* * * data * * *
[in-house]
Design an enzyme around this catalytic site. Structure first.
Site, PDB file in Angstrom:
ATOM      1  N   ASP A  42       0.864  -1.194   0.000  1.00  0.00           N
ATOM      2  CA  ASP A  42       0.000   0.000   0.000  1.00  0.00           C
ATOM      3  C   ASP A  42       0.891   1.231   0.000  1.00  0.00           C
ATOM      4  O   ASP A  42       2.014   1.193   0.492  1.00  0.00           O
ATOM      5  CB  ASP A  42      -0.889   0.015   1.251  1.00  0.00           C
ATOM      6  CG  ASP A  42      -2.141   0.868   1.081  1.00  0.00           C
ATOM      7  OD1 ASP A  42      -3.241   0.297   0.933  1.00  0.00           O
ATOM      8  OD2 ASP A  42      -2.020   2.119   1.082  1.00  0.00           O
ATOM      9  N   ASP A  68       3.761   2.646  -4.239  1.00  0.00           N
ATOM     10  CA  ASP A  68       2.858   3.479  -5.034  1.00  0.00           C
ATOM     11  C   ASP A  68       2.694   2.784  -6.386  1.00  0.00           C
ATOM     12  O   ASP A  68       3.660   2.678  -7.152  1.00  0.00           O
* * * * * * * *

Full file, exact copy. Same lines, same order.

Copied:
[in-house]
Design an enzyme around this catalytic site. Structure first.
Site, PDB file in Angstrom:
ATOM      1  N   ASP A  42       0.864  -1.194   0.000  1.00  0.00           N
ATOM      2  CA  ASP A  42       0.000   0.000   0.000  1.00  0.00           C
ATOM      3  C   ASP A  42       0.891   1.231   0.000  1.00  0.00           C
ATOM      4  O   ASP A  42       2.014   1.193   0.492  1.00  0.00           O
ATOM      5  CB  ASP A  42      -0.889   0.015   1.251  1.00  0.00           C
ATOM      6  CG  ASP A  42      -2.141   0.868   1.081  1.00  0.00           C
ATOM      7  OD1 ASP A  42      -3.241   0.297   0.933  1.00  0.00           O
ATOM      8  OD2 ASP A  42      -2.020   2.119   1.082  1.00  0.00           O
ATOM      9  N   ASP A  68       3.761   2.646  -4.239  1.00  0.00           N
ATOM     10  CA  ASP A  68       2.858   3.479  -5.034  1.00  0.00           C
ATOM     11  C   ASP A  68       2.694   2.784  -6.386  1.00  0.00           C
ATOM     12  O   ASP A  68       3.660   2.678  -7.152  1.00  0.00           O